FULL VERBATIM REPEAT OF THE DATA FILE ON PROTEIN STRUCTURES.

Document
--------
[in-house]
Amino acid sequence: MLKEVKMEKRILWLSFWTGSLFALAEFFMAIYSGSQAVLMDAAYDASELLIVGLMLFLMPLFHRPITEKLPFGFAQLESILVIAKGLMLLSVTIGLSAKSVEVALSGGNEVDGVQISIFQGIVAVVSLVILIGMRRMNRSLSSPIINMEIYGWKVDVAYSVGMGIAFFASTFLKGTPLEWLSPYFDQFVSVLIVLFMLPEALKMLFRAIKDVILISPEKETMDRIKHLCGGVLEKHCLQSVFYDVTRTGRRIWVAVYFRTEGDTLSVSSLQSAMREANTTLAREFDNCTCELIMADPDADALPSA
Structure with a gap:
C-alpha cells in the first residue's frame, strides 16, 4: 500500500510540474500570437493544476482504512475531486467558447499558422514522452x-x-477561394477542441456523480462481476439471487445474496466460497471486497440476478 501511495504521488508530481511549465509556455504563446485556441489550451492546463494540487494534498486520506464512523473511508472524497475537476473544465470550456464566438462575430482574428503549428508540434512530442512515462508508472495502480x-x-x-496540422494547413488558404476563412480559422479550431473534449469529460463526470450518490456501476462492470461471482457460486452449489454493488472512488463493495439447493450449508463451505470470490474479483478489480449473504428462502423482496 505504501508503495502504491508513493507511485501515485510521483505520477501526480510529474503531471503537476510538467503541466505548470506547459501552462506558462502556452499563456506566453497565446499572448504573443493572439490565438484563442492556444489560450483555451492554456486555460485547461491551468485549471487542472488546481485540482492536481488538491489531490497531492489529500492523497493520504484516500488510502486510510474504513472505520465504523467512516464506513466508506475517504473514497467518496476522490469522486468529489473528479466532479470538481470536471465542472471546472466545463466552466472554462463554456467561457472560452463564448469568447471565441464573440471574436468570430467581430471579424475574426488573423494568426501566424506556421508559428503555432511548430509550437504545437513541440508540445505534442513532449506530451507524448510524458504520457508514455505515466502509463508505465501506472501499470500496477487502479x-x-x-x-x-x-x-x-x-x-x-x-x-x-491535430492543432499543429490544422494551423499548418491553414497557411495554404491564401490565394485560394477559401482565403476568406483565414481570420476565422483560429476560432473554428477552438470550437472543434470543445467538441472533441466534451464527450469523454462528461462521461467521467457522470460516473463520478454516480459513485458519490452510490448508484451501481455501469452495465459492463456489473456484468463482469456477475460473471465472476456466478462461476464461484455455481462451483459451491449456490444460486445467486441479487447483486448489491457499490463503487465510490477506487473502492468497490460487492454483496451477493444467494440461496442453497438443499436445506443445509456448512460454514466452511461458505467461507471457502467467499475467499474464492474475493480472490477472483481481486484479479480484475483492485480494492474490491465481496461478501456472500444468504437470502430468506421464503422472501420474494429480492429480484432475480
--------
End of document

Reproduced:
[in-house]
Amino acid sequence: MLKEVKMEKRILWLSFWTGSLFALAEFFMAIYSGSQAVLMDAAYDASELLIVGLMLFLMPLFHRPITEKLPFGFAQLESILVIAKGLMLLSVTIGLSAKSVEVALSGGNEVDGVQISIFQGIVAVVSLVILIGMRRMNRSLSSPIINMEIYGWKVDVAYSVGMGIAFFASTFLKGTPLEWLSPYFDQFVSVLIVLFMLPEALKMLFRAIKDVILISPEKETMDRIKHLCGGVLEKHCLQSVFYDVTRTGRRIWVAVYFRTEGDTLSVSSLQSAMREANTTLAREFDNCTCELIMADPDADALPSA
Structure with a gap:
C-alpha cells in the first residue's frame, strides 16, 4: 500500500510540474500570437493544476482504512475531486467558447499558422514522452x-x-477561394477542441456523480462481476439471487445474496466460497471486497440476478 501511495504521488508530481511549465509556455504563446485556441489550451492546463494540487494534498486520506464512523473511508472524497475537476473544465470550456464566438462575430482574428503549428508540434512530442512515462508508472495502480x-x-x-496540422494547413488558404476563412480559422479550431473534449469529460463526470450518490456501476462492470461471482457460486452449489454493488472512488463493495439447493450449508463451505470470490474479483478489480449473504428462502423482496 505504501508503495502504491508513493507511485501515485510521483505520477501526480510529474503531471503537476510538467503541466505548470506547459501552462506558462502556452499563456506566453497565446499572448504573443493572439490565438484563442492556444489560450483555451492554456486555460485547461491551468485549471487542472488546481485540482492536481488538491489531490497531492489529500492523497493520504484516500488510502486510510474504513472505520465504523467512516464506513466508506475517504473514497467518496476522490469522486468529489473528479466532479470538481470536471465542472471546472466545463466552466472554462463554456467561457472560452463564448469568447471565441464573440471574436468570430467581430471579424475574426488573423494568426501566424506556421508559428503555432511548430509550437504545437513541440508540445505534442513532449506530451507524448510524458504520457508514455505515466502509463508505465501506472501499470500496477487502479x-x-x-x-x-x-x-x-x-x-x-x-x-x-491535430492543432499543429490544422494551423499548418491553414497557411495554404491564401490565394485560394477559401482565403476568406483565414481570420476565422483560429476560432473554428477552438470550437472543434470543445467538441472533441466534451464527450469523454462528461462521461467521467457522470460516473463520478454516480459513485458519490452510490448508484451501481455501469452495465459492463456489473456484468463482469456477475460473471465472476456466478462461476464461484455455481462451483459451491449456490444460486445467486441479487447483486448489491457499490463503487465510490477506487473502492468497490460487492454483496451477493444467494440461496442453497438443499436445506443445509456448512460454514466452511461458505467461507471457502467467499475467499474464492474475493480472490477472483481481486484479479480484475483492485480494492474490491465481496461478501456472500444468504437470502430468506421464503422472501420474494429480492429480484432475480